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Brooks Wilson's Economics Blog: More on “The Allegory of the Breast Pump”

Wednesday, August 10, 2011

More on “The Allegory of the Breast Pump”

In response to “The Allegory of the Breast Pump” anonymous wrote
The purpose of this legislation is to PROMOTE feeding of our future generation with breast milk. Not an easy task when women are often expected to return to work full-time within few weeks after giving birth.

If you are going to write about the economics of providing breast pumps, without out-of-pocket expenses to a woman, please consider all aspects of this topic. Few points you have not considered:

1. Breast milk is rich in antibodies that protect the baby from infections and are not found in commercial formulas. According to WebMD, "Except for wellness baby visits, ear infections are the most common reason for trips to the pediatrician, accounting for approximately 30 million doctor visits a year in the U.S. Today, almost half of all antibiotic prescriptions written for children are for ear infections, and the cost of treating middle ear infections in the U.S. has been estimated at $2 billion a year."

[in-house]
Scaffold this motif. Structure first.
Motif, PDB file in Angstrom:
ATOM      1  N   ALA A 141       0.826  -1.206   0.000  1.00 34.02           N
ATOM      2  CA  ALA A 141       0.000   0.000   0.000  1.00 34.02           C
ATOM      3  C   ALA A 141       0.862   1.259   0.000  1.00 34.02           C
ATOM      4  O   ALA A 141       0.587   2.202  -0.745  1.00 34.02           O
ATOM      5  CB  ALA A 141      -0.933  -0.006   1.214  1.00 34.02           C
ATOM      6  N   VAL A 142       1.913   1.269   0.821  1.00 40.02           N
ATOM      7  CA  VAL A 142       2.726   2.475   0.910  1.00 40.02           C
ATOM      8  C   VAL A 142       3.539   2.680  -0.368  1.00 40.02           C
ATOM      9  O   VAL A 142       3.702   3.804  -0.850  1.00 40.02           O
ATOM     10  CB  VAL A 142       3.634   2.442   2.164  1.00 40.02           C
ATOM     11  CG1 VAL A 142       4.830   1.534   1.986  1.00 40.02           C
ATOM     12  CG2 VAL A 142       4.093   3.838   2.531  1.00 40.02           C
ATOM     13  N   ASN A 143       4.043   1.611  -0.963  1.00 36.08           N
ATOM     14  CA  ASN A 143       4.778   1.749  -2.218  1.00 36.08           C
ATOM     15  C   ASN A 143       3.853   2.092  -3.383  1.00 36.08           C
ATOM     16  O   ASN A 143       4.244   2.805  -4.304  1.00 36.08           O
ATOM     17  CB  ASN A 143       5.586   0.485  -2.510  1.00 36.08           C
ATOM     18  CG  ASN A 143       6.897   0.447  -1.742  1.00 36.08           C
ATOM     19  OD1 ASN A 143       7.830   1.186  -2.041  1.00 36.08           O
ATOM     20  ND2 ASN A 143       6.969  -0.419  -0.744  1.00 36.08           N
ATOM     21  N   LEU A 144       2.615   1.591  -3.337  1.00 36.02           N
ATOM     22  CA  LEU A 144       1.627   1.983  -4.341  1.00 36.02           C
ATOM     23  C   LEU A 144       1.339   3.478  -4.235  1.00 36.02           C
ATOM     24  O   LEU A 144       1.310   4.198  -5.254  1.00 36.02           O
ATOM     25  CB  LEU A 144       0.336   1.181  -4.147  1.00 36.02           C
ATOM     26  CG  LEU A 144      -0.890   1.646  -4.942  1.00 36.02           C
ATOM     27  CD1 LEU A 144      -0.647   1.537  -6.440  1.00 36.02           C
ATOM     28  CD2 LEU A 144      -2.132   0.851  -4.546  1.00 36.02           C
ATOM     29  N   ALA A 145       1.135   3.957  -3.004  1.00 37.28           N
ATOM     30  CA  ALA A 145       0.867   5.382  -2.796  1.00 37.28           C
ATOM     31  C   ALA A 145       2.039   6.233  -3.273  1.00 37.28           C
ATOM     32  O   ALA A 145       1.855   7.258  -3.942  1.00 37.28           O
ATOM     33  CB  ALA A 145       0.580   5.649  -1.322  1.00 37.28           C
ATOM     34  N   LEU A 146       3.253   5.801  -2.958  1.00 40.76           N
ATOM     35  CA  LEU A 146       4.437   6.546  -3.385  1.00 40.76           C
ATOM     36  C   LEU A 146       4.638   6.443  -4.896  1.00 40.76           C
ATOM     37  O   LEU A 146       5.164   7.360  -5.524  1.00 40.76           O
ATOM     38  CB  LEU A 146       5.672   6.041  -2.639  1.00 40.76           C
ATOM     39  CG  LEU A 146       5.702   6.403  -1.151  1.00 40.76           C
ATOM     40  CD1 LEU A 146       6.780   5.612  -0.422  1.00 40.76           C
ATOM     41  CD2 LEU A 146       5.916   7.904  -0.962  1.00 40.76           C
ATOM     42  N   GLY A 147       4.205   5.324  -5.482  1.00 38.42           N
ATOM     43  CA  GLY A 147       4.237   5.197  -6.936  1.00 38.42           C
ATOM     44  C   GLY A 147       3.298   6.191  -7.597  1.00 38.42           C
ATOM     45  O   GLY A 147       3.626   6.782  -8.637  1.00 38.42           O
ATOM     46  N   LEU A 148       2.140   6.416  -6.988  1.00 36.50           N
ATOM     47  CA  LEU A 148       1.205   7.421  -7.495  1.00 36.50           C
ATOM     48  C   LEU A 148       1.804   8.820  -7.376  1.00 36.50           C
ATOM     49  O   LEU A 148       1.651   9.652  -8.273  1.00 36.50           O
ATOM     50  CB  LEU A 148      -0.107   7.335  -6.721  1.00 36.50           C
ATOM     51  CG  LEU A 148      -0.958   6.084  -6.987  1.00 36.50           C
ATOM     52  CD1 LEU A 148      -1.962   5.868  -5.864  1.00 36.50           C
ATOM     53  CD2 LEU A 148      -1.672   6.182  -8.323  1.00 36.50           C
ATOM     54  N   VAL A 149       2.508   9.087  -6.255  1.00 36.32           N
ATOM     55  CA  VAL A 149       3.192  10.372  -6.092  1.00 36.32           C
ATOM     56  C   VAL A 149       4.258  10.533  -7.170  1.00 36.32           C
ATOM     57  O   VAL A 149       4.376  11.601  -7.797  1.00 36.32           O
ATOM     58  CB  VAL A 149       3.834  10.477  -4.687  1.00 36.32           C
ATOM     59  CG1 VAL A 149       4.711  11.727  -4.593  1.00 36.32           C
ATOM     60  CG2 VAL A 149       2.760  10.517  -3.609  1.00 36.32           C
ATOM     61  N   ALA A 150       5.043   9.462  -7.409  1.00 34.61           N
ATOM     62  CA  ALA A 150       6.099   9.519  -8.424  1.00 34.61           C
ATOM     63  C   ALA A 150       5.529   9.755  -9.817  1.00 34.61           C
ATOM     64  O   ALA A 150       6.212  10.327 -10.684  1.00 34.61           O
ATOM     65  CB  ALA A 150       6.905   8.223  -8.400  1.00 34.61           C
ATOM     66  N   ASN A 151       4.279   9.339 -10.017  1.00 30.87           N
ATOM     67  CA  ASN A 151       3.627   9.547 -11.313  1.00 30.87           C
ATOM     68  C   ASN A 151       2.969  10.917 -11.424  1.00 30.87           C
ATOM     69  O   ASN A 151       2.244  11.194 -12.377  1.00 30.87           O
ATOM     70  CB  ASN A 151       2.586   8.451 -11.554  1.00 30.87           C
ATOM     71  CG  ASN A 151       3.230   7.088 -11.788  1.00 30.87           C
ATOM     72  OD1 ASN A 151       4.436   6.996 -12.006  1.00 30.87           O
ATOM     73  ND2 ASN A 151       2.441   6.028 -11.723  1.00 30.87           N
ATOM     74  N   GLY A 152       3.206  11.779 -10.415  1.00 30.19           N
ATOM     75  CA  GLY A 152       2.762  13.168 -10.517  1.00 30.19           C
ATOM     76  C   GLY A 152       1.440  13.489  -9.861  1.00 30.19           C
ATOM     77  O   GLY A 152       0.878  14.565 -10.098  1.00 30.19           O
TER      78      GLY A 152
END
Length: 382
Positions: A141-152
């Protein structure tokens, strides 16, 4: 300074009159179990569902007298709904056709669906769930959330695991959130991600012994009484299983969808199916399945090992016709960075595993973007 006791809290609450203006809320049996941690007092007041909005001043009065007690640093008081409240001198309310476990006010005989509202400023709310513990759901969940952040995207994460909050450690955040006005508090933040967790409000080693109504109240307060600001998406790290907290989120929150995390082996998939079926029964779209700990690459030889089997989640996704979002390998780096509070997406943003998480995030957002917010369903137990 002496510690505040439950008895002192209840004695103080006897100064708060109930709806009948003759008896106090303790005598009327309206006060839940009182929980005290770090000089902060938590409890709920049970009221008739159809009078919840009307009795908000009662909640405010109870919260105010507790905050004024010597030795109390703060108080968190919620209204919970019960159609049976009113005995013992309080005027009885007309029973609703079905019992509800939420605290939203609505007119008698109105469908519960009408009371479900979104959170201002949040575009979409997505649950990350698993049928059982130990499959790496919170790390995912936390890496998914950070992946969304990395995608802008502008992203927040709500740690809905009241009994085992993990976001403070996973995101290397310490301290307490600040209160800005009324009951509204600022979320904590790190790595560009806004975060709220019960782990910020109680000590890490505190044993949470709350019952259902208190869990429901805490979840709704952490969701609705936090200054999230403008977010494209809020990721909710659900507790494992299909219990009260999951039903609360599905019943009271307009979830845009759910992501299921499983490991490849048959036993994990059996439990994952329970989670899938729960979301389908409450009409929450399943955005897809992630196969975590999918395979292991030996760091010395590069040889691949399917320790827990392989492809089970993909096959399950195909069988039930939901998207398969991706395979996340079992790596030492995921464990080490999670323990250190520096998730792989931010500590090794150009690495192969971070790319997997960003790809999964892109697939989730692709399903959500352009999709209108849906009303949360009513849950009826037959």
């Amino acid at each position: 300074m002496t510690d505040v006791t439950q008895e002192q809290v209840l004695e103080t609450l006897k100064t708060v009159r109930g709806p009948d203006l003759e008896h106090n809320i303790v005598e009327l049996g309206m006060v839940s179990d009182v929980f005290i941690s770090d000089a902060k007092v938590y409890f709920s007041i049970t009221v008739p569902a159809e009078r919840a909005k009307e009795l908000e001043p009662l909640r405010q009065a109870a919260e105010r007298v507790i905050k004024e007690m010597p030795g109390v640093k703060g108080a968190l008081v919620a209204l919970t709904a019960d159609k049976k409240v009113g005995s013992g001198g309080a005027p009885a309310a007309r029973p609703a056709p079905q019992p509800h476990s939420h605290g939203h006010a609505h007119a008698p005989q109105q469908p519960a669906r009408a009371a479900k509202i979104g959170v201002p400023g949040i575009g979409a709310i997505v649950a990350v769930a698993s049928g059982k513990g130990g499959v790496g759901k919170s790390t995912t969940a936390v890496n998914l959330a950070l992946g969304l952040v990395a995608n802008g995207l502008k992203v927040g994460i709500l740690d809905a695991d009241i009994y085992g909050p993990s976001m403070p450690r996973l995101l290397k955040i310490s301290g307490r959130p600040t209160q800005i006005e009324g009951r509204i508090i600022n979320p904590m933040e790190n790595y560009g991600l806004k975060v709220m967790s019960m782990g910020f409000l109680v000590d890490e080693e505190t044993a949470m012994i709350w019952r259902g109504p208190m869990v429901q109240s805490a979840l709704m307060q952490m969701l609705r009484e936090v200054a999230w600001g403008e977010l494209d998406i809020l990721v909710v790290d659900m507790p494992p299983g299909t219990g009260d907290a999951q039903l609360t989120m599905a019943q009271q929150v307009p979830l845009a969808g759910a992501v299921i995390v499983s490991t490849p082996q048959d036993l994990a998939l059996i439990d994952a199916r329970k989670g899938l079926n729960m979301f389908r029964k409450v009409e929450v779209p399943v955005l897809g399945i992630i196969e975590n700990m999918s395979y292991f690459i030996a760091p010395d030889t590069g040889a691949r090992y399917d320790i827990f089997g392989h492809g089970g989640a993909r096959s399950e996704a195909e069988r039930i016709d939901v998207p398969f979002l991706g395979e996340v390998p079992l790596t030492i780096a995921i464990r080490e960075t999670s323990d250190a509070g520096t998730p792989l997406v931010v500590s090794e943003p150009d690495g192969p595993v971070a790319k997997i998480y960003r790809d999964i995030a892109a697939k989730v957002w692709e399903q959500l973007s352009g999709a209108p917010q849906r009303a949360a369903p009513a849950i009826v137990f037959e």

2. Breast milk has the right amount of fat, sugar, water, and protein to help the baby grow appropriately. Something to think about while our nation is struggling with morbid obesity and obesity related health care costs. For example, a bariatric surgery for weight loss, performed on adults and children, ranges from $6,000 to $8,000 per procedure.

3.  For most babies and especially premature babies, breast milk is easier to digest than commercial formula made with cow's milk. Take a look at rising incidences of child and adult allergies and gastrointestinal conditions, that may be prevented.